New recommendation: Potential MVB sell signal
As explained above, SPX is trading above the +4σ “modified Bollinger Band” (mBB). That is a precursor to a “classic” mBB sell signal, but it will take further confirmation to create an MVB sell signal. Since this is a weekly publication, we will try to lay out the conditions in advance, in case this sell signal occurs in the next week:
There are two parts to this conditional recommendation: 1) a “classic” sell mBB sell signal must occur, and 2) that sell signal must then be confirmed by the MVB criteria.
A “classic” mBB sell signal has occurred, so we want to take action on the confirming McMillan Volatility Band (MVB) sell signal.
IF SPX trades at 4105 or lower, then
Buy 2 SPY May (21st) at-the-money puts
And sell 2 SPY May (21st) puts with a striking price 25 points lower.
If the MVB sell signal occurs, it would be stopped out by SPX once again closing above the +4σ Band.
New recommendation: Breadth sell signal
In the commentary above, it was noted that both breadth oscillators are on sell signals. Hence, since there is also the negative divergence in place, we will act on this sell signal.
Buy 1 SPY May (7th) at-the-money put
And sell 1 SPY May (7th) put with a striking price 15 points lower.
We will update this indicator weekly, so there is no stop at this time.
New recommendation: Japanese yen
Takeover rumors have been almost nonexistent in the past week, but there is a strong put-call ratio buy signal in the Japanese yen that we will implement by buying calls on the Invesco CurrencyShares Japanese Yen Trust ETF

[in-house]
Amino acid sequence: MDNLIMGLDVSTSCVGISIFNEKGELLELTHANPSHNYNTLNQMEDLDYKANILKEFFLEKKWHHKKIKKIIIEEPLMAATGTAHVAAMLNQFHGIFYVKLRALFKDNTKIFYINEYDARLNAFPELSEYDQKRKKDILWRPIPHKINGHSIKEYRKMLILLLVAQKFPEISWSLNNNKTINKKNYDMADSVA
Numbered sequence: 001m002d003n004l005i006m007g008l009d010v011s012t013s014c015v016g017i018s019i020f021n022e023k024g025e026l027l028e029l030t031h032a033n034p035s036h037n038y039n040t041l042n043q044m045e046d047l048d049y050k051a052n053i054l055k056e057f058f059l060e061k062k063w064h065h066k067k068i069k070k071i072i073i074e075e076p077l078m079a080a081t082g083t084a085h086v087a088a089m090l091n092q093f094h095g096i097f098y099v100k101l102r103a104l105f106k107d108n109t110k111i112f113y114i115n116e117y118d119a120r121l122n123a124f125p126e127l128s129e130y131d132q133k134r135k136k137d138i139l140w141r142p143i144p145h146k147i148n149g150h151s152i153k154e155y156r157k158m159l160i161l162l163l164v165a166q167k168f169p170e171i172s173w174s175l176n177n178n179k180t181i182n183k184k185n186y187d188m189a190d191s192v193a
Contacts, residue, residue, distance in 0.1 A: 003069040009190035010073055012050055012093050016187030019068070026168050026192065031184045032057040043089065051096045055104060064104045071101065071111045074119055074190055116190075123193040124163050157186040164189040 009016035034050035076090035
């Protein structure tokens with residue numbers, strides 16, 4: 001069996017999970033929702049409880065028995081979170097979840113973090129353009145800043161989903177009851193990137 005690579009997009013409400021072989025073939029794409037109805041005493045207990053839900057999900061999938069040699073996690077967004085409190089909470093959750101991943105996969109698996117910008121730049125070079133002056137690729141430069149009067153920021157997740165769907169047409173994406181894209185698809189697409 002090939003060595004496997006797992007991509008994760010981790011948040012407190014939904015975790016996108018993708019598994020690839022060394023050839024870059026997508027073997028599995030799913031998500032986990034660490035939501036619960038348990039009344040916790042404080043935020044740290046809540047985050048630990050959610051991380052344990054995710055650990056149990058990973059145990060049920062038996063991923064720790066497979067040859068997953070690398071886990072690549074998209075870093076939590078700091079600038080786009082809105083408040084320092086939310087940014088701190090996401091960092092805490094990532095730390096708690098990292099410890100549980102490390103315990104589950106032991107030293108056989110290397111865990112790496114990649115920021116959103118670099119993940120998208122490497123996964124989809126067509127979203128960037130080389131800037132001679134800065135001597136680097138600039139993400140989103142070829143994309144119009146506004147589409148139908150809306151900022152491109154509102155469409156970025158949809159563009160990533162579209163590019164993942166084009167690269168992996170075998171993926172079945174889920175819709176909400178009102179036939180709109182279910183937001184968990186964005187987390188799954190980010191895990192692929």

Buy 8 FXY Jun (18th) 87 calls
At a price of 1.00 or less.
FXY: 87.29 Jun (18th) 87 call: 1.05 offered
We will hold without a stop as long as this put-call ratio buy signal is in place.
All stops are mental closing stops unless otherwise noted.
Long 2 SPY April (30th) 414 calls: This position was originally a SPY call bull spread, taken in line with the VIX “spike peak” buy signal of March 5. It has been rolled up twice. Raise the trailing stop to 409.60, basis SPY.
Long 2 expiring SPY April (23rd) 407 calls: This position has been rolled up twice. Now roll to the SPY May (14th) at-the-money calls. Stop yourself out of this position if SPY closes below 409.60.
Long 2 CXP May (21st) 17.5 calls: Hold without a stop for now.
Long 2 expiring VIX May (19th) 21 puts. Stop yourself out on a VIX close above 20.
Long 0 expiring AMAT Apr (30th) 135 call: This position was stopped out on April 20.
Long 2 SPY Apr (30th) 407.5 calls and short 2 SPY Apr (30th) 417.5 calls: These were bought as an upside breakout trade. Stop yourself out on a SPY close below 409.60.
Long 2 LEAF May (21st) 9 calls: On April 5, Leaf Group
received an all-cash buyout offer of $8.50 from Graham Holdings. Hold without a stop while the rumors of a higher bid play out.
Long 6 HLIT May (21st) 8.5 calls: Hold without a stop while this activist situation plays out.
Send questions to: [email protected]
Lawrence G. McMillan is president of McMillan Analysis, a registered investment and commodity trading adviser. McMillan may hold positions in securities recommended in this report, both personally and in client accounts. He is an experienced trader and money manager and is the author of the bestselling book “Options as a Strategic Investment.”
Disclaimer: ©McMillan Analysis Corporation is registered with the SEC as an investment adviser and with the CFTC as a commodity trading adviser. The information in this newsletter has been carefully compiled from sources believed to be reliable, but accuracy and completeness are not guaranteed. The officers or directors of McMillan Analysis Corporation, or accounts managed by such persons may have positions in the securities recommended in the advisory.